3. Marquis de Vogüé Cavalry (France)

This heavy calvary regiment was first established in 1665, disbanded 1668, reestablished 1671 under the comte Marcillac.  The comte de Vogüe purchased the regiment in 1734 but then sold it in 1744.  The regiment finally returned to ownership of the Vogüe house in 1759, when Charles François Eléazard, marquis de Vogüé, purchased it for his son Cerice François Melchior de Vogüé (and company within said regiment for his second son Florimont).  The regiment fought at Bergen on April 19, 1758 and was badly mauled at Minden on August 1, with Cerice François being seriously wounded and captured by the Allies.

Like my other Seven Years War cavalry this unit is made of converted HaT Industrie Napoleonic French dragoon figures.  The dragoon helmets have been cut off and replaced with tricornes fashioned from milliput.  Wish I had thought to also shave off the carbine hip holsters and some random epaulets.  The tricornes are okay but look a little too big if you look at them too closely - its tricky to get the right look as the HaT figures have rather small heads.

4. Hanoverian Artillery

As with the French artillery, BMC figures and the ones lifting shot are a modified figures - arms and cannonballs sculpted from milliput.

5. Mestre de camp Général Cavalry (France).

Second generation of modified HaT Industrie Napoleonic cavalry.  This time I trimmed off the holtered carbines and the random epaulets. I was also less shy about slightly oversized tricornes.  Mainly I remember being overjoyed to find a French cavalry unit that didn't wear white or red!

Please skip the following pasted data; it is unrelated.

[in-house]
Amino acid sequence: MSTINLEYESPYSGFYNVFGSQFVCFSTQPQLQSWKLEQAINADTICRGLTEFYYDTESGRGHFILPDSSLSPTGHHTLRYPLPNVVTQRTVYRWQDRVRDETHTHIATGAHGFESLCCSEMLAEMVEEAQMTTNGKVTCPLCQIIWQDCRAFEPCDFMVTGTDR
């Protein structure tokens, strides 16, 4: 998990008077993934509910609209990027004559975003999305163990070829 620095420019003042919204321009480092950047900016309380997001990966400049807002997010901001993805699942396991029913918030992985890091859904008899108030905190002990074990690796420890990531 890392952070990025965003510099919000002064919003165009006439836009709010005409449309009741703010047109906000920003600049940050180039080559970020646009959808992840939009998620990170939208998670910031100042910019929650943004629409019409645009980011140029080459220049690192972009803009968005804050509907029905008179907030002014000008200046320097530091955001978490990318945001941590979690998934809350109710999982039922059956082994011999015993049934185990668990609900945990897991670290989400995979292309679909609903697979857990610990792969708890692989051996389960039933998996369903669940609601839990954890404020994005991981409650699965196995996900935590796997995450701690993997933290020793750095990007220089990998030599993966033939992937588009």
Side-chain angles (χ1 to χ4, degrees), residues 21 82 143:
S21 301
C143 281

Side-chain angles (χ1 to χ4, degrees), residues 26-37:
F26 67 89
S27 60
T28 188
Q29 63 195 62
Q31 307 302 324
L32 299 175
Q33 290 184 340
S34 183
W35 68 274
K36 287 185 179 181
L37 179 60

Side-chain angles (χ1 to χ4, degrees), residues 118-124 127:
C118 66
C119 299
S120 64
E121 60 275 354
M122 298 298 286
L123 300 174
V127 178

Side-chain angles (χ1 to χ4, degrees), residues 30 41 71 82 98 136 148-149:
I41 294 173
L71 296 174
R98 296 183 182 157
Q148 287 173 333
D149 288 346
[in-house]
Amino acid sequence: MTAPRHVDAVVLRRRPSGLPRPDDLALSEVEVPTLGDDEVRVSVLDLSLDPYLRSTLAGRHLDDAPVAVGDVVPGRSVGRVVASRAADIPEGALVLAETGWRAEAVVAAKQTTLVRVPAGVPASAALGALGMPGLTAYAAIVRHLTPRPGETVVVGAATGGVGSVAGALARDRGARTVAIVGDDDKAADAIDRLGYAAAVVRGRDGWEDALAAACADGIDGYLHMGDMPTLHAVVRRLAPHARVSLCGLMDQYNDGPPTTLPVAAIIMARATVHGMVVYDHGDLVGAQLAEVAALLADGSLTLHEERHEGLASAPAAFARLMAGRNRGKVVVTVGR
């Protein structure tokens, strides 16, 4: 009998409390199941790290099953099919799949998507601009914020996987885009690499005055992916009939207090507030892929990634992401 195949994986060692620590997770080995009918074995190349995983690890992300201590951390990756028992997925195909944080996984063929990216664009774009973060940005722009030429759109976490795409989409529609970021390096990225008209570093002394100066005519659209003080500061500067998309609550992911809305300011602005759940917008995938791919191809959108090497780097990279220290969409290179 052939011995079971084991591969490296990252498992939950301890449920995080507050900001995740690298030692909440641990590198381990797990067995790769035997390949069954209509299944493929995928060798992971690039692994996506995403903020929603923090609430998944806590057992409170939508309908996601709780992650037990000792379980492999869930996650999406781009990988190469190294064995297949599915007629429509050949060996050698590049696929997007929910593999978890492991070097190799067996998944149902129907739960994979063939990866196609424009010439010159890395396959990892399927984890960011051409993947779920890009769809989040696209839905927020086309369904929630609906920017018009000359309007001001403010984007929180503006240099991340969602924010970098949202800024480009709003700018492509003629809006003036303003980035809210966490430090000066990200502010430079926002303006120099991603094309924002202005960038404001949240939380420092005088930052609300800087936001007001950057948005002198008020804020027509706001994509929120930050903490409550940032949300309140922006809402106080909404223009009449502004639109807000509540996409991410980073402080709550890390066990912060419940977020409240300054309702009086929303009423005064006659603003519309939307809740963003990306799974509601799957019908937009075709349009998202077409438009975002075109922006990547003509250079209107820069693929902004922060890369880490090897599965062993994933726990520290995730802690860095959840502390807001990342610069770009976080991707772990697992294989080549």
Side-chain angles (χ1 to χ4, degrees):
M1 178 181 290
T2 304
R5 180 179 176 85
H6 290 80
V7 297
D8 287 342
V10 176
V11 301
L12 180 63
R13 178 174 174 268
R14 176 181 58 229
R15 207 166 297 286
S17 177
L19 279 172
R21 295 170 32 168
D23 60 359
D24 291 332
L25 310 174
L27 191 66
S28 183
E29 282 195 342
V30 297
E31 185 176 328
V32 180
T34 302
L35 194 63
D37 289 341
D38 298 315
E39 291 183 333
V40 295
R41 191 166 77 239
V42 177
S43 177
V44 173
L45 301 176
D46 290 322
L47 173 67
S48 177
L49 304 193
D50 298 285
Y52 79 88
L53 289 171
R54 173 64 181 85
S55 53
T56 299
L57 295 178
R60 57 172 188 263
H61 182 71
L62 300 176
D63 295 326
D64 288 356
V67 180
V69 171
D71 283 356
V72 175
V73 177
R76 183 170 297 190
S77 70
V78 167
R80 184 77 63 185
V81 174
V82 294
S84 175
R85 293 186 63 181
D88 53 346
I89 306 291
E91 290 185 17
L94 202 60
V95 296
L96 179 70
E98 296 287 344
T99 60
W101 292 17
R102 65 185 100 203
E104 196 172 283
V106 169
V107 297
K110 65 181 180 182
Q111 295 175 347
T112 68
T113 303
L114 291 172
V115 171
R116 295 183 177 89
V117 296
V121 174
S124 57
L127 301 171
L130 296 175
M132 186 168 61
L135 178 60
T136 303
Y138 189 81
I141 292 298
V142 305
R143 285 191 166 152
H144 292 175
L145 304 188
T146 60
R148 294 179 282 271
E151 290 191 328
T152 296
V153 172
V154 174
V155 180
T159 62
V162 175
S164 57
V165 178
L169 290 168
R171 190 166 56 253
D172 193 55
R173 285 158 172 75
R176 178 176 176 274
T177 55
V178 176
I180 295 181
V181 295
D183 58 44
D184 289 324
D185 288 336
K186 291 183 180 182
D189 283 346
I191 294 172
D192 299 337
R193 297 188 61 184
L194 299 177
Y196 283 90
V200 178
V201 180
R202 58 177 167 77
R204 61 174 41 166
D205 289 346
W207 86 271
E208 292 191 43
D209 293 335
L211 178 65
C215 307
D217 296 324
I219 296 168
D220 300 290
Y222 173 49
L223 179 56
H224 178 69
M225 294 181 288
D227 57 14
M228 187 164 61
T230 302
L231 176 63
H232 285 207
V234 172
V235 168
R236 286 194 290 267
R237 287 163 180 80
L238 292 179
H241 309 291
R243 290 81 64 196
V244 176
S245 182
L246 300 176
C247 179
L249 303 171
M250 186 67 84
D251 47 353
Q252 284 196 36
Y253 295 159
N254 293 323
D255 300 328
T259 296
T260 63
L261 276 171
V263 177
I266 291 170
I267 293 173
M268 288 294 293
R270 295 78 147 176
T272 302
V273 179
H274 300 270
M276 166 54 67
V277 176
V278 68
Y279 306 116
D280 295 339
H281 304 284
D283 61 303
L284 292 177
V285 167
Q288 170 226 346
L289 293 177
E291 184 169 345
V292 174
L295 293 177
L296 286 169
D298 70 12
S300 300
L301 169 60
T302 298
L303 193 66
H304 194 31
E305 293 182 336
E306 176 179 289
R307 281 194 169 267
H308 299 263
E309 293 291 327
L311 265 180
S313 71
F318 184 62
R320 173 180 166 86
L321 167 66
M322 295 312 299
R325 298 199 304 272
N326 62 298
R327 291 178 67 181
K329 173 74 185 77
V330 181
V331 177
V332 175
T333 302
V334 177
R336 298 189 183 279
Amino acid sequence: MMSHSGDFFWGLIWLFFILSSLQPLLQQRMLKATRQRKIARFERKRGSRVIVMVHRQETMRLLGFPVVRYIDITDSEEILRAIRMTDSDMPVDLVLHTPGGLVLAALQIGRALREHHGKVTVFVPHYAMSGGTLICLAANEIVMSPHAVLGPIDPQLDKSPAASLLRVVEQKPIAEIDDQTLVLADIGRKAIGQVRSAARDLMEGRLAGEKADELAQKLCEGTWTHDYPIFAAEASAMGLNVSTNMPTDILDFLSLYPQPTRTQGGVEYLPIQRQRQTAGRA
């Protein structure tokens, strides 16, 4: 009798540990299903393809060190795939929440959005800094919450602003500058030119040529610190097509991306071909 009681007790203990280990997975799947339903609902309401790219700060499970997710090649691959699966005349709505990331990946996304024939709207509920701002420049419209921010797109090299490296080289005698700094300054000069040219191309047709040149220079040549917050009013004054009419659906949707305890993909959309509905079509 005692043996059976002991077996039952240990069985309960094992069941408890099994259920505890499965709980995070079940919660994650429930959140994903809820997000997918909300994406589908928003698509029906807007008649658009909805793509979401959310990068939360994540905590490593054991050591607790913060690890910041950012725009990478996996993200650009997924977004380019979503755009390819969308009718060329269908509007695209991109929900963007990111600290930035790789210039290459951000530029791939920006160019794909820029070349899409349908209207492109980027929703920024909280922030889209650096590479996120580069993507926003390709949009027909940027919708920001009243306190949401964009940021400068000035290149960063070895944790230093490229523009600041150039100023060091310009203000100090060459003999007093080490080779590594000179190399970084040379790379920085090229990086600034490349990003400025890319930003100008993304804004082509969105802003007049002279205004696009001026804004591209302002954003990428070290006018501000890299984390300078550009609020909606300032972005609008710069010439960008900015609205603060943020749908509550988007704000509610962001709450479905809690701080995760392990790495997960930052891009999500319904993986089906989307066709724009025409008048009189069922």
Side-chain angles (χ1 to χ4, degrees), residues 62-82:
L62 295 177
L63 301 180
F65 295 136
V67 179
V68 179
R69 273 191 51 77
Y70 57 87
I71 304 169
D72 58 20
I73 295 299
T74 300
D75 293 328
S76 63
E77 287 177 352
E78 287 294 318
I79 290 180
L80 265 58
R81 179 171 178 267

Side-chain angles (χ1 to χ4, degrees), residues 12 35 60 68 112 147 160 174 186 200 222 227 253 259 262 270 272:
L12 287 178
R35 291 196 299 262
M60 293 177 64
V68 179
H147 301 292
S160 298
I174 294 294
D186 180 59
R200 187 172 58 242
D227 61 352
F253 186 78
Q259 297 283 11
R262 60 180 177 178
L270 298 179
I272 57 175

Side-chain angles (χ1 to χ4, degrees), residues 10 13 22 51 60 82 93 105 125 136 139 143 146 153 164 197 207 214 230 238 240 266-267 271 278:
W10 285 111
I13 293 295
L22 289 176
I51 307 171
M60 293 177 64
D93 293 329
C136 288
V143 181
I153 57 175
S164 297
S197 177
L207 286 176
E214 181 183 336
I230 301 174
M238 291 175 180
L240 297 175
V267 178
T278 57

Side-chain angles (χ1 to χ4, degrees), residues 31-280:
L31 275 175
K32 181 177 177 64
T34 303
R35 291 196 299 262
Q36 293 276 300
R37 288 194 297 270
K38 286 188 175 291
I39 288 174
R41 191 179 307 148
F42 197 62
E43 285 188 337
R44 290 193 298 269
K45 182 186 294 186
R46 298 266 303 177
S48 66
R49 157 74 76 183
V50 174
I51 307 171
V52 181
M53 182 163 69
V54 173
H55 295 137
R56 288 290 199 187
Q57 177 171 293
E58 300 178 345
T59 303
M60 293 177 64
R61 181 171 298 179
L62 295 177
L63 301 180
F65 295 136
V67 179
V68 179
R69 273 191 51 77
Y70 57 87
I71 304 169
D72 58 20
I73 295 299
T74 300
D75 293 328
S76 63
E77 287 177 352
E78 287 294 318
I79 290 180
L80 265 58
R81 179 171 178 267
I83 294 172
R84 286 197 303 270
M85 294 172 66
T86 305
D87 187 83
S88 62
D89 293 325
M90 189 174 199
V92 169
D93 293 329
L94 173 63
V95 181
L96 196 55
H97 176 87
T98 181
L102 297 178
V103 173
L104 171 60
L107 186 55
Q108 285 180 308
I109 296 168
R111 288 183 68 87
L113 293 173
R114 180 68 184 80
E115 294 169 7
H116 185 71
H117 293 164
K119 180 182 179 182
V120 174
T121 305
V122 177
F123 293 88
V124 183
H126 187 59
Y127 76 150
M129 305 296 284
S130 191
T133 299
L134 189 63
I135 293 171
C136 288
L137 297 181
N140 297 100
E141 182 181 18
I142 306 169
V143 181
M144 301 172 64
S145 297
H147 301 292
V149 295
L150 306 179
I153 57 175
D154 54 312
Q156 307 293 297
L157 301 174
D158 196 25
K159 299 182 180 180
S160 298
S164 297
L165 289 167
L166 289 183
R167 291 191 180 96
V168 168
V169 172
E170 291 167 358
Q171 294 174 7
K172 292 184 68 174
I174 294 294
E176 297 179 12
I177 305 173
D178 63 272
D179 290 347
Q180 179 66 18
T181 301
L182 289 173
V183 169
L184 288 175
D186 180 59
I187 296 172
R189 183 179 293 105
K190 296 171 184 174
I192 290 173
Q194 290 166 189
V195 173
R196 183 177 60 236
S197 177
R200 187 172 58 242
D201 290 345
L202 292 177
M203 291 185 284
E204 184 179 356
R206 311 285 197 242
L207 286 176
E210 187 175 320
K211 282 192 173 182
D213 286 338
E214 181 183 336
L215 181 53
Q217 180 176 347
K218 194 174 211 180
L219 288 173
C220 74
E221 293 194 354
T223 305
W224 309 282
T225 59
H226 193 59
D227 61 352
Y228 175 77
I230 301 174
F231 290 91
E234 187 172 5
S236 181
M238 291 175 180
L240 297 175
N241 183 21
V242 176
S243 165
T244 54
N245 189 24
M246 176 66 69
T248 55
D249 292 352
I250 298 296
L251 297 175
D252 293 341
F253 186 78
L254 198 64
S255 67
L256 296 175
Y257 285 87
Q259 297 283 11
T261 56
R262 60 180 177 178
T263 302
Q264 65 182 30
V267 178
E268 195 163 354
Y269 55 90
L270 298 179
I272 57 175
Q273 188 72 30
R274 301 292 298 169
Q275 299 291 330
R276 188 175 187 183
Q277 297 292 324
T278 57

6. Prince Friedrich's Dragoons (Hesse-Kassel)

The other half of the second generation of HaT Napoleonic cavalry conversions. More of the same. Again, happy to find a unit wearing color I hadn't used yet.

Wednesday, December 17, 2014

Tuesday, December 16, 2014

Welsh Spearmen

Here are 24 "Welsh Spearmen" (set number DA-21) in 25mm scale by Old Glory Miniatures.  The bag comes with 30 figures in 5 poses with head variants. I only painted 24 because the last six were a shirtless pose that I didn't care for.  Some of the heads have poor detail (or are a completely undetailed flat smush) on one side of the face. I did my best to just paint around these – they are in the minority and not too noticeable when ranked up.


The color scheme features a lot of red shirts. This is because I found a reference [1] stating that Welsh "warriors were dressed in a linen shirt (often red) and linen drawers; they covered these with a woolen cloak hanging to their knees".  This is probably referring to a later period than the dark ages, but it's good enough for me!  The same source notes that "a circular shield was carried by the foot soldiers, decorated white, yellow, silver, or blue." [2] I didn't like the idea of silver shields, so I stuck to white, yellow, and blue. 

The spears are styrene rod cut and carved by me to look spears. Some of the figures had poses where the hand is too close to the body and makes getting a spear in pace rather difficult. I would rather more of the poses had an overhand arm pose to hold the spear to give them more of a javelin-using skirmish look. As is they rank up rather like a phalanx.

The mounted warlord is by Gripping Beast. I have managed to photograph him in just the right way that shows off the mistake I made painting the mane that I keep neglecting to fix over and over again. 

[1] "Medieval Welsh Warriors and Warfare." http://www.castlewales.com/warfare.html
[2]  Ibid.